The congestion through Deerfield on Lake Cook Road may not look much different — as the normally four-lane roadway is choked to one lane in each direction — but the extensive construction project's most difficult phase is in the rearview mirror.
In fact, despite some rather intense weather events in recent months, the $9 million project is two weeks ahead of its targeted Oct. 26 completion date, said Deerfield Project Manager John Guccione.
"We're looking like we're in good shape," Guccione said. "We will certainly beat the completion date. But at any moment that can change as a result of inclement weather. That's why we won't want to go too far out on a limb."
The project began in April, and extends along Lake Cook Road between Pine Tree and Deer Lake roads. It will result in two new left-turn lanes at Waukegan Road, 40,000 square feet of additional sidewalk, and utility and roadway improvements, among other enhancements.
Construction manager A Lamp Concrete Contractors Inc. is chasing an incentive for completing the work early — $17,500 for every day it shaves from the project. Conversely, the company would be faced with a $17,500-per-day penalty for late completion.
But don't expect the company to enjoy a major windfall as a result of the incentive, Guccione said. The contractor has been working two crews overtime — including night operations — as well as using a more expensive and faster curing concrete product in order to help expedite the project, he said.
"They're realizing that traffic is really bad and it's more cost-effective for them to work at night when their trucks could actually get the excavations and work done in a more fluid manner," Guccione said. "A lot of times we say, 'Hey, what a great incentive,' but there's a cost of doing business in terms of meeting the completion date that's already established."
The contractor has worked around rainfall and other bad weather, he added.
"They have been working through it. Even underground work has commenced in the rain," Guccione said. He recalled one occasion when the rain started to fall, and "the next thing you know it's thundering and lighting. Everybody sat in their car for 30 or 45 minutes and then everybody's back at it."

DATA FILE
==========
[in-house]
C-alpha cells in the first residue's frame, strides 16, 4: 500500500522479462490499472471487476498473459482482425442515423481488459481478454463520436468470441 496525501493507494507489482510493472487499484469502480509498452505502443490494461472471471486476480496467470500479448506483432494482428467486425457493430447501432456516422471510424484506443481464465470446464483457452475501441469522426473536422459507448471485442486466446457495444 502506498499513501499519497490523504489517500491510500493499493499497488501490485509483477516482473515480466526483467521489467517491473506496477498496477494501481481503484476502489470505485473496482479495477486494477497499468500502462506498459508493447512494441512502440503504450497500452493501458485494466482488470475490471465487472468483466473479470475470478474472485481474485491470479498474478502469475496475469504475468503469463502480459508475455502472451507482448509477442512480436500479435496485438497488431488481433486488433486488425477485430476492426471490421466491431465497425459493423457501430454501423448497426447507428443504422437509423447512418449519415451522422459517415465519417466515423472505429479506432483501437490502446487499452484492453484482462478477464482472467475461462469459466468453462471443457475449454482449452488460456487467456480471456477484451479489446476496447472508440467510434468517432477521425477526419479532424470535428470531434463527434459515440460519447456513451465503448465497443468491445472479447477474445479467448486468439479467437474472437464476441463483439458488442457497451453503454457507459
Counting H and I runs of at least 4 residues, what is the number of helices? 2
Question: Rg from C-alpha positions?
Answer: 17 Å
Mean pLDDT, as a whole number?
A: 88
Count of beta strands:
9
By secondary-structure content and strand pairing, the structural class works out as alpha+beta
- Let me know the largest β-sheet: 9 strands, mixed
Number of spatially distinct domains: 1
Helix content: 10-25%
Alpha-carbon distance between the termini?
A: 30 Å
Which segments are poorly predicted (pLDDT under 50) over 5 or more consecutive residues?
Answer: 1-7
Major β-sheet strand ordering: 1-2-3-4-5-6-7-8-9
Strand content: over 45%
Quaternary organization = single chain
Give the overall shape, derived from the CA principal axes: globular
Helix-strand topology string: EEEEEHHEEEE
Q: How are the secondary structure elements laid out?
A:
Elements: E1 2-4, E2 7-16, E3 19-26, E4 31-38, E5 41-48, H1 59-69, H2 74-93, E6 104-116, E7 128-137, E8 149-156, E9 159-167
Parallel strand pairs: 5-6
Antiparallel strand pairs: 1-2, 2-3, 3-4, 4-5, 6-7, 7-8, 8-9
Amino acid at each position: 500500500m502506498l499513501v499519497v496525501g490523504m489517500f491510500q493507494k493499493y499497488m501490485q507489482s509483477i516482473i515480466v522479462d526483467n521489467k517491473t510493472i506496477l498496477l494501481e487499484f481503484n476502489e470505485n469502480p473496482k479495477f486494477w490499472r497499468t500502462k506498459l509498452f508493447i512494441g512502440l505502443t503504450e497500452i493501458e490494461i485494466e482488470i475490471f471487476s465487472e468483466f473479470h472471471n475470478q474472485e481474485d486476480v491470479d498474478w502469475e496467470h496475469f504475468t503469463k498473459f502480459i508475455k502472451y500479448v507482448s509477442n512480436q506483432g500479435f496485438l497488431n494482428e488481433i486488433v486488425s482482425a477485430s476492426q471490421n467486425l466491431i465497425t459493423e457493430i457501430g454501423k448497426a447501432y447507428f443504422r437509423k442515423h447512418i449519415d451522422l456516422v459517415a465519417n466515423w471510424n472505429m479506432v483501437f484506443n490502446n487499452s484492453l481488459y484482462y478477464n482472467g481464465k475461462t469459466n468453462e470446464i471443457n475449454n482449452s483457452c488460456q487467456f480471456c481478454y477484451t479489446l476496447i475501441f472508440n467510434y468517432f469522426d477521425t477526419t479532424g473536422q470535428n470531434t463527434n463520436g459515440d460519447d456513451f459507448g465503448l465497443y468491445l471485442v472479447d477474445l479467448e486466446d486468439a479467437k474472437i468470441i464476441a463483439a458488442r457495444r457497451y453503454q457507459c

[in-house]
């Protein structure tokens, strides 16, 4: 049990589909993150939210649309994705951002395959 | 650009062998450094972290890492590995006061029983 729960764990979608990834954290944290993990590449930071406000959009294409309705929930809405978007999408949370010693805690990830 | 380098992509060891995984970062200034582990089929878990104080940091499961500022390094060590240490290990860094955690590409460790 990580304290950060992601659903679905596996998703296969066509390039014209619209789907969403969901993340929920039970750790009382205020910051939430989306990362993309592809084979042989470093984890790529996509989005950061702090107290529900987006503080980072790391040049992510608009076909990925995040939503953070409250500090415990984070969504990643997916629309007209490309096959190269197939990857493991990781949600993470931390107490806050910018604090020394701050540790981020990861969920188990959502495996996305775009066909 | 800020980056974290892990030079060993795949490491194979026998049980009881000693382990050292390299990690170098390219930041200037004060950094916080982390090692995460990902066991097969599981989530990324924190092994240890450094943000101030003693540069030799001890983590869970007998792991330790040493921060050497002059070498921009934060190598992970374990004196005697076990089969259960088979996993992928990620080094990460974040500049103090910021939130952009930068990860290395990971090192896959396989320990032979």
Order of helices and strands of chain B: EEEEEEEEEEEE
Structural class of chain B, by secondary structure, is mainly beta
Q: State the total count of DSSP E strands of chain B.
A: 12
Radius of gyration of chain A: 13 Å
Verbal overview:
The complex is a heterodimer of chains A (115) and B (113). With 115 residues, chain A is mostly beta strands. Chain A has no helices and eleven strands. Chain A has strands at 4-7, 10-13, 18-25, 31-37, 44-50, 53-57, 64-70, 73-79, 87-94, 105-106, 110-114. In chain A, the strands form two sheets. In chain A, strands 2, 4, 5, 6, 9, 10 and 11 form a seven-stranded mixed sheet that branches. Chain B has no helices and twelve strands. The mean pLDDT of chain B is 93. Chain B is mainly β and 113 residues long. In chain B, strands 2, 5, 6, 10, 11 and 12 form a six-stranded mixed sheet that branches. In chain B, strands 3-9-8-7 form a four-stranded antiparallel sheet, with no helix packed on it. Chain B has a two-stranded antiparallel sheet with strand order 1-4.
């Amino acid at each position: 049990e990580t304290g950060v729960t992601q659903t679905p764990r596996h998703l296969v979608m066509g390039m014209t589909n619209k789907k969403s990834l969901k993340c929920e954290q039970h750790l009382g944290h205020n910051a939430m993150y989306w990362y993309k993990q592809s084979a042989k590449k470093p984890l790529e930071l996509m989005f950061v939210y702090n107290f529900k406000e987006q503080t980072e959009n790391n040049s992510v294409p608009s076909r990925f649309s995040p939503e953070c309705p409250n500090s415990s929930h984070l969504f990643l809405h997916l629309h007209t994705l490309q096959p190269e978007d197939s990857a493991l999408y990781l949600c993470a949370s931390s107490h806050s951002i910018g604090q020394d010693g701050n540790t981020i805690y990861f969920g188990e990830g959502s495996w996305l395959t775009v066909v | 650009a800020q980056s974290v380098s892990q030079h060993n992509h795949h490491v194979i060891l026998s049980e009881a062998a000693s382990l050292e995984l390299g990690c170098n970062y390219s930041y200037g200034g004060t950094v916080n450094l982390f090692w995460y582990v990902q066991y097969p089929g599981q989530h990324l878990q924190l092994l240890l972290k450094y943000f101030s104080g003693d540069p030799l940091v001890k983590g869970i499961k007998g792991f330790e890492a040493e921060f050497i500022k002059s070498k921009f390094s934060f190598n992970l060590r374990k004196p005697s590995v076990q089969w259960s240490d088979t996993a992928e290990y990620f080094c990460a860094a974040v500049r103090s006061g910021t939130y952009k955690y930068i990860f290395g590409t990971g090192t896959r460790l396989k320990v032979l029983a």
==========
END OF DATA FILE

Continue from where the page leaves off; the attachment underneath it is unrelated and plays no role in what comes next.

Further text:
The incentive cost would be paid exclusively through the Cook County Department of Transportation and Highways, which is overseeing the project.
While Guccione estimates the work is about 40 percent completed, the most difficult stage is behind construction crews.
In order to perform water main replacement under the northern lanes of the thoroughfare, traffic was reduced to one lane in each direction and directed along the southern portion of the roadway for the last several weeks as part of "Stage 2," Guccione said.
"When you're doing underground work and operating near a water main that's over 40 years old and very fragile, if the water main were to break while we were down there doing our thing we would be presenting impacts to businesses," he said.
There were minimal problems, and businesses and residents along Lake Cook Road are already receiving water through the new main.
Vehicles, too, are now driving over new concrete, as traffic was moved to the northern lanes, while crews perform sewer and drainage work before repaving the southern lanes, Guccione said.
With no water main to replace, the project should move quickly, he estimated.
Stage 3 should last five to six weeks, before the final stage begins and Lake Cook Road returns to four lanes of traffic, Guccione said. At that point, the center lane will be closed to allow crews room to construct the new center median.
For more information, or to sign up to receive project updates, visit lakecookroad.com.